The number of consumers who purchased the full version of Super Mario Run, priced at $9.99, “has grown relatively slowly compared to the overall growth in downloads”, acknowledged Tatsumi Kimishima, president of Nintendo.
Although the title “elicited a fantastic response” and saw 78 million downloads, media reports estimate that only between 5 per cent and 10 per cent of users paid for the full version.
“We are taking steps in-game to raise the ratio of purchases among consumers downloading the application for the first time,” he said.
In a presentation, Kimishima said “we can really feel the effects of the feedback we received from customers who purchased the full game”, adding that “we hope to solidify Super Mario Run’s position as an evergreen application that can be enjoyed by everyone”.
Its price was been deemed to high by some critics, while others noted that the majority of revenue will come early in the game’s lifecycle.
The executive said Nintendo was taking a number of steps to ensure that the game can be enjoyed “for a long time”, both by those who have shelled out for the full version and those who haven’t.
One of these is an ‘easy mode’, which includes unlimited time to complete a level. “This setting with help users who downloaded the game and gave up in frustration to enjoy playing through the worlds at their own pace,” Kimishima explained.
The gaming giant also plans to use feedback and play records to collect information on what is tripping players up.
An Android version of the app will be available from March, and Nintendo wants to increasing the number of countries where the game is available from the current 150.
Nintendo also released a major update for its very first mobile app, Miitomo, in November last year and saw “an increase in active user volume”.
The firm said it plans to release two or three mobile games every year. Its next game is Fire Emblem Heroes on both iOS and Android, which launches [2 February] today in 39 countries.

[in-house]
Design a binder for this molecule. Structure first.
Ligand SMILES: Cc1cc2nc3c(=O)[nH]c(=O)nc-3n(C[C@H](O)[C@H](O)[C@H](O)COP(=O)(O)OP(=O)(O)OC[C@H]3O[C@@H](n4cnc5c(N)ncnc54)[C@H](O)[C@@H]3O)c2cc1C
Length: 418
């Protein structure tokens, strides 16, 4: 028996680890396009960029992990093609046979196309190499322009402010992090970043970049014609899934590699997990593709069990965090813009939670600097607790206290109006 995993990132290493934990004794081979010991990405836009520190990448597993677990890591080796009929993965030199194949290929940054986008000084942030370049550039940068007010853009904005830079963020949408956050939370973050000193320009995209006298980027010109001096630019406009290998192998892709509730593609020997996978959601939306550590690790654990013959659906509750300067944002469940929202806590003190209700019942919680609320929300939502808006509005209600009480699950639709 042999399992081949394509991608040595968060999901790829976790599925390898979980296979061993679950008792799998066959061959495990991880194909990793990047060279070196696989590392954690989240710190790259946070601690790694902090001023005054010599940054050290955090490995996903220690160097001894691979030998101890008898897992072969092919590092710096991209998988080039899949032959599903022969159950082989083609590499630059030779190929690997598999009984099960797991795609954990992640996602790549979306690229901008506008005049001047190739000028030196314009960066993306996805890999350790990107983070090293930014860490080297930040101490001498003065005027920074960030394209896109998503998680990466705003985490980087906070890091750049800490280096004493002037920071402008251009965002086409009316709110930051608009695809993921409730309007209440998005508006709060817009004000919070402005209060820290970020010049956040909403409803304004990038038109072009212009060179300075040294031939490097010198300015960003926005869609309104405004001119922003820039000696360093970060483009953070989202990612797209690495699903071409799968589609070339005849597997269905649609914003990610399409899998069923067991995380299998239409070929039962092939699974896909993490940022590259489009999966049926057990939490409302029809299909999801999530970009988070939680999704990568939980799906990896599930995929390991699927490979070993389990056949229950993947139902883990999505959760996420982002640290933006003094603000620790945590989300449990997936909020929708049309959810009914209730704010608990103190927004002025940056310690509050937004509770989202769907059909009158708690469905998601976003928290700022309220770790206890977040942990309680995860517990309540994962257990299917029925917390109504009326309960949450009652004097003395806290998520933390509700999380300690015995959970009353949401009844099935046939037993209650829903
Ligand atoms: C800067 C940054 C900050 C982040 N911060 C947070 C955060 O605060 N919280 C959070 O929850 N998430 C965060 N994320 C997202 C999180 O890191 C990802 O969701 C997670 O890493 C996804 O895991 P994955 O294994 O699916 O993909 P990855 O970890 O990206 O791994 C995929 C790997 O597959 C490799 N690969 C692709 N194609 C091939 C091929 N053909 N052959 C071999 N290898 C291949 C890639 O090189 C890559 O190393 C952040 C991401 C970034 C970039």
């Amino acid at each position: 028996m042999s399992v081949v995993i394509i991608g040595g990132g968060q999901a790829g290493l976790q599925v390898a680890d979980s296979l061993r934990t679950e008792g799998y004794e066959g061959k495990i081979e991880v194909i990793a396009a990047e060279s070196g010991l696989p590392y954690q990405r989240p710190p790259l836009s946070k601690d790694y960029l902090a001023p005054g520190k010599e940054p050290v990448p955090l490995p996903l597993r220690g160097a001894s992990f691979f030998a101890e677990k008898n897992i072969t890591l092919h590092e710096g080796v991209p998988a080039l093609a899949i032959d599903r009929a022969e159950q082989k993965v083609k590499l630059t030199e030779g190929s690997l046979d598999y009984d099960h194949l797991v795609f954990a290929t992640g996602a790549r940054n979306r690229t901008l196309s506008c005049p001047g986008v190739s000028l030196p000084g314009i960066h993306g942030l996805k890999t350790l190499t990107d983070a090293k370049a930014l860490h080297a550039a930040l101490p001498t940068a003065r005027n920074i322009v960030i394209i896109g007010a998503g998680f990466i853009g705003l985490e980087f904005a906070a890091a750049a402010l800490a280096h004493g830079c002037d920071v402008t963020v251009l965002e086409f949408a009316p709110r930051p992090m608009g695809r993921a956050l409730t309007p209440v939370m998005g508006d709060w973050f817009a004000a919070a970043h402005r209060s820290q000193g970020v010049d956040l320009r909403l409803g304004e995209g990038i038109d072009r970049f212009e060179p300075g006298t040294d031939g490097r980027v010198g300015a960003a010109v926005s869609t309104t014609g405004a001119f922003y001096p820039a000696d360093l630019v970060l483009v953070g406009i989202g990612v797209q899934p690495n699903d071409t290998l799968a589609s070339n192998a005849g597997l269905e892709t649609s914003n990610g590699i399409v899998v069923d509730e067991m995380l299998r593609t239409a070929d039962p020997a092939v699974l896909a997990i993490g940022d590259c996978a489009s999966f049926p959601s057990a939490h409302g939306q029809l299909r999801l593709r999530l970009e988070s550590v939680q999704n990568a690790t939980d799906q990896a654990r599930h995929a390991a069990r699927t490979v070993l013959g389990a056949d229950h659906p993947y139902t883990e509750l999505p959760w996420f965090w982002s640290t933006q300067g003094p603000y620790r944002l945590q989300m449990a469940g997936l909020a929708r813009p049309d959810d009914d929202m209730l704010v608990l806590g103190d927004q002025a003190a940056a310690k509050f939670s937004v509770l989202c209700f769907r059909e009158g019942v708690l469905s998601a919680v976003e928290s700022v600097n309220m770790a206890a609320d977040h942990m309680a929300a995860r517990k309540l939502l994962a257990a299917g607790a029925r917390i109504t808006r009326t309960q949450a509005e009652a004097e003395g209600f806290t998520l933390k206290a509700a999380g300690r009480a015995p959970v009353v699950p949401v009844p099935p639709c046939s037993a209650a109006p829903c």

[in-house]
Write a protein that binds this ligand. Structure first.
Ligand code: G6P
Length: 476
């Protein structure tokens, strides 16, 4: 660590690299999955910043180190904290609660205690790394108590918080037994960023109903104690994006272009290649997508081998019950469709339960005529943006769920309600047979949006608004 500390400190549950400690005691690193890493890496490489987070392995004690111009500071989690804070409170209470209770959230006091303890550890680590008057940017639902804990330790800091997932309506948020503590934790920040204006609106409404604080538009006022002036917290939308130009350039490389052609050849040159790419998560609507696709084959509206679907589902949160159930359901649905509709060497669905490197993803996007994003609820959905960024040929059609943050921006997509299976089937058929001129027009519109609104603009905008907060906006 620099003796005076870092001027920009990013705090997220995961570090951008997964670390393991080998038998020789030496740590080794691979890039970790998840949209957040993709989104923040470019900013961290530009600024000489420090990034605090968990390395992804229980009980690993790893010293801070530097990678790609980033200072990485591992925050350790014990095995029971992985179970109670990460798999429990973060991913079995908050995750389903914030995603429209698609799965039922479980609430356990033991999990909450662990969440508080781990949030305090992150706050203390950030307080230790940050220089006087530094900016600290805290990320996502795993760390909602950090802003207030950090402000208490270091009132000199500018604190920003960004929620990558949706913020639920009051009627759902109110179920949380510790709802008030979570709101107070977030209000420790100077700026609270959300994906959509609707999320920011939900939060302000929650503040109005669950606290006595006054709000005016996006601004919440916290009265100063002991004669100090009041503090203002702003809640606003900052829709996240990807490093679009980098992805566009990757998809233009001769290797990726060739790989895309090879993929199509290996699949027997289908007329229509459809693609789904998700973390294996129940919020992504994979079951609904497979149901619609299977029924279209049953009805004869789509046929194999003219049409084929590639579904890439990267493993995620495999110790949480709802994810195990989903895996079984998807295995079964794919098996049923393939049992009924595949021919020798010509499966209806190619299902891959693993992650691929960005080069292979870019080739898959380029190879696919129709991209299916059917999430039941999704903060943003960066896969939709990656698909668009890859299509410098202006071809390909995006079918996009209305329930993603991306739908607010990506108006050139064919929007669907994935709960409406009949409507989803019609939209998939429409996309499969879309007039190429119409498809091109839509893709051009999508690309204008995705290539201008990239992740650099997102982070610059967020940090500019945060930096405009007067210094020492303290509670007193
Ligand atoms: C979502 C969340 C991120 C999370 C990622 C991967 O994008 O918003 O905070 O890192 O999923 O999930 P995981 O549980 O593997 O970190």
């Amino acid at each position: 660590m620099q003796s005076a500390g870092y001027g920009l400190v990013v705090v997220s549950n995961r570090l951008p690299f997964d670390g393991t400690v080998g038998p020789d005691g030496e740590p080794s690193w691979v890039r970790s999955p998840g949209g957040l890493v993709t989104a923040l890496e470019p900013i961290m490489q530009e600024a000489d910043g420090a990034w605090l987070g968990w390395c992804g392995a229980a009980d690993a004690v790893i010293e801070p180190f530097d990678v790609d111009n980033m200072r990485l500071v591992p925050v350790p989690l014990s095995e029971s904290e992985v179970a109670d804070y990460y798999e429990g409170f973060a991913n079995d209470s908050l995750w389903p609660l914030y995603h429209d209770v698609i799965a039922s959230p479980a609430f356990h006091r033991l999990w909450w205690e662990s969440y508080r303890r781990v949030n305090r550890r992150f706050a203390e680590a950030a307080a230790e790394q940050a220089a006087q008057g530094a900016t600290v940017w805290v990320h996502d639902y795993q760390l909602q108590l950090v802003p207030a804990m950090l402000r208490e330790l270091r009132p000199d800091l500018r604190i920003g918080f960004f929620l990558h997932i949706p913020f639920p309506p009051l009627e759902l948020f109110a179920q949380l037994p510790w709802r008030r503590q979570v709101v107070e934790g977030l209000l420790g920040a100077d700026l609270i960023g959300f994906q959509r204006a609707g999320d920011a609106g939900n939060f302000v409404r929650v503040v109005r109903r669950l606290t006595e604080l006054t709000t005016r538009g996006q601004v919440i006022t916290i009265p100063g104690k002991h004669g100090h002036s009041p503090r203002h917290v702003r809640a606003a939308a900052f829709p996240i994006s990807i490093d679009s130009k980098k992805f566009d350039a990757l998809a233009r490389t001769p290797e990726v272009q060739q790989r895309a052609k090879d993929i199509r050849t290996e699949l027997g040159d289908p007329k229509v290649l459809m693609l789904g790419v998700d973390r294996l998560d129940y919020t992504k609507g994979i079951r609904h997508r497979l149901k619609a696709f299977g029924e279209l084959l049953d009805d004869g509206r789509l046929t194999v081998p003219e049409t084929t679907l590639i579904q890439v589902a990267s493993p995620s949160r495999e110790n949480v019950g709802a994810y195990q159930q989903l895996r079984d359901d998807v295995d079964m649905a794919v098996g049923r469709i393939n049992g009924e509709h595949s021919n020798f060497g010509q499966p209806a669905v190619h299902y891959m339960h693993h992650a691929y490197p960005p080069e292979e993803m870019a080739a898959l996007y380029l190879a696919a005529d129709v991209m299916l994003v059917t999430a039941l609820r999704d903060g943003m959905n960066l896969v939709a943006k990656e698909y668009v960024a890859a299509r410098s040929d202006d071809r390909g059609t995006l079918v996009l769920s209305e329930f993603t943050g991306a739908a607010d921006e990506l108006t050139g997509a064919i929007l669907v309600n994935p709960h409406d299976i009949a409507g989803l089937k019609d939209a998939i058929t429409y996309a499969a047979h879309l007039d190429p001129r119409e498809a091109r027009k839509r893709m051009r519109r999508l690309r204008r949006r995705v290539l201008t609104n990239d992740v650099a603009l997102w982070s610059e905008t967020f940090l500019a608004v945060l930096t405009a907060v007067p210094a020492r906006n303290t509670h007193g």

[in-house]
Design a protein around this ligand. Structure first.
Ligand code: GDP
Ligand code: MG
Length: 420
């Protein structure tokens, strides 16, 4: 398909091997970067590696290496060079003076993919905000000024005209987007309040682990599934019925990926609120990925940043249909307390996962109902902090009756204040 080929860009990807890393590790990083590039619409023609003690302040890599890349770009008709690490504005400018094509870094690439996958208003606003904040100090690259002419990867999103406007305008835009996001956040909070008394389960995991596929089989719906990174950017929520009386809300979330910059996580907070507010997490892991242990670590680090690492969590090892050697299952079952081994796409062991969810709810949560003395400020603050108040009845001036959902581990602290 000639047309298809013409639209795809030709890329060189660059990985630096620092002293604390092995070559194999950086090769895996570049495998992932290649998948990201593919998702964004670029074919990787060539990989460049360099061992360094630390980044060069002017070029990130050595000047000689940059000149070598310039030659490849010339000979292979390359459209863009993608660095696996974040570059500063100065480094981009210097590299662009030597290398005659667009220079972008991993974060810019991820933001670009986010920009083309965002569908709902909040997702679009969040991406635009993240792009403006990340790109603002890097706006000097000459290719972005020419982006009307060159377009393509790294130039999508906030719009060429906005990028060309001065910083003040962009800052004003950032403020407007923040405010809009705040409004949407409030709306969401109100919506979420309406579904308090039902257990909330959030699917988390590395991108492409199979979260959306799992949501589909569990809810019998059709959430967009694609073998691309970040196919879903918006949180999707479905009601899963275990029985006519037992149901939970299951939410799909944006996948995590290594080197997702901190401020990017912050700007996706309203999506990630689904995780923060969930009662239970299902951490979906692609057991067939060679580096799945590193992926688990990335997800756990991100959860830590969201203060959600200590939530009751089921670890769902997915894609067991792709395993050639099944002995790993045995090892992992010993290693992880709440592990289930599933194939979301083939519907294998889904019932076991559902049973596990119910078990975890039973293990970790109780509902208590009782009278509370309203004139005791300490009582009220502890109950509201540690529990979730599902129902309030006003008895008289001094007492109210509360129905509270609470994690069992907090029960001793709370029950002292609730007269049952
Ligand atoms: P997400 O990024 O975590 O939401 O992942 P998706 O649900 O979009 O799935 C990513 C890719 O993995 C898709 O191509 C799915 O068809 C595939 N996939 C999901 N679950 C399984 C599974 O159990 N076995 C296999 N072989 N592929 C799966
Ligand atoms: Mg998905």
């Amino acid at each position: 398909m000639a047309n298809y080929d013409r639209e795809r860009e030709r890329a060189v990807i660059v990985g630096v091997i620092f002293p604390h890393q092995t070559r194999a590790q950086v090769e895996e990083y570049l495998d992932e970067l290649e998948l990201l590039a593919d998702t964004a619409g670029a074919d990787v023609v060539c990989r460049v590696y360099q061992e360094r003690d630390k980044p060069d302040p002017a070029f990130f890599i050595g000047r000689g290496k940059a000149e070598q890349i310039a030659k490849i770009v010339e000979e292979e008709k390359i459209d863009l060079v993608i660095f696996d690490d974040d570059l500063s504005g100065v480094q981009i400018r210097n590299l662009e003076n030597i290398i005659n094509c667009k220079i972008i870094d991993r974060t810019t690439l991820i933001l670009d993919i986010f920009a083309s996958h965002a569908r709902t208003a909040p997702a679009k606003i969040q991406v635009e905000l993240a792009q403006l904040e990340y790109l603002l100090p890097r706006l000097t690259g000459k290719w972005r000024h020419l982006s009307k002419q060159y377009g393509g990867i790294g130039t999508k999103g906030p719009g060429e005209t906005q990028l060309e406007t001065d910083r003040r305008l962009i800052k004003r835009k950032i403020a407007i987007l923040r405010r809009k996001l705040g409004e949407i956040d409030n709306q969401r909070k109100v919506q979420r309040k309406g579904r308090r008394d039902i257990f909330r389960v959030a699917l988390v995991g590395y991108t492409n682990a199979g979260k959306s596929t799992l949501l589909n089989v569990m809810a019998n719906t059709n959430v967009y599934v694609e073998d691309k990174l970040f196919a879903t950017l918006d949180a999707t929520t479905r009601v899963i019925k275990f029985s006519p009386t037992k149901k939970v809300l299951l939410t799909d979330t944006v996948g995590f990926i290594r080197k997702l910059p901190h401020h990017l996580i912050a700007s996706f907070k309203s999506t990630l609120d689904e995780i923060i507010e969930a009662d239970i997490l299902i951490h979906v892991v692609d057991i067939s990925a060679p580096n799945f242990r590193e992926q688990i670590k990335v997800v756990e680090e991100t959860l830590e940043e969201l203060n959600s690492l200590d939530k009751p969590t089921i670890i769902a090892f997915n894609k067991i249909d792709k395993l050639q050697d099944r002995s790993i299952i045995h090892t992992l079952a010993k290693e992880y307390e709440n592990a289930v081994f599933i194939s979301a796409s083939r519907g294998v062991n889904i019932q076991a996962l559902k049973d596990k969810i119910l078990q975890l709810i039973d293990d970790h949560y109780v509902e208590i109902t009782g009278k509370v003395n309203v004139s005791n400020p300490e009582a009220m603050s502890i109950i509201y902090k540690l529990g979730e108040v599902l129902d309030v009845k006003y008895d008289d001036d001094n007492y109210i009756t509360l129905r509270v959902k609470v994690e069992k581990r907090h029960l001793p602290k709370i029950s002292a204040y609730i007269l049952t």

Animal Crossing has been delayed to focus on Fire Emblem and Super Mario Run.
Nintendo earned JPY10.7 billion ($94 million) from mobile gaming – including Super Mario Run, accessories and related merchandise – between April and December 2016, up from JPY4.4 billion a year earlier.
In addition to making cash from Pokemon Go thanks to its investments in The Pokemon Company, the app also boosted sales of other Pokemon titles and helped boost sales of the Nintendo 3DS, particularly outside of Japan.
A report by Sensor Tower said Pokemon Go surpassed $1 billion in worldwide gross revenue on the App Store and Google Play, becoming “the fastest mobile game in the history of the app stores to reach this milestone”.
According to Reuters, the results signal that “Nintendo’s long-overdue foray into mobile gaming last year has started to make meaningful contributions to earnings” although “it continues to regard mobile gaming primarily as a means of luring players to its mainstay consoles”.
“It is a prerequisite that the smart device business be profitable on its own,” Kimishima said.
Overall, the firm reported a profit attributable to shareholders of JPY103 billion, compared with JPY41 billion in the prior year period. Revenue of JPY311 billion was down from JPY426 billion.
The company saw drops in both its dedicated video game hardware and software sales.
Its Switch console and handheld device is out on 3 March and Nintendo expects to ship 2 million units by the end of the month.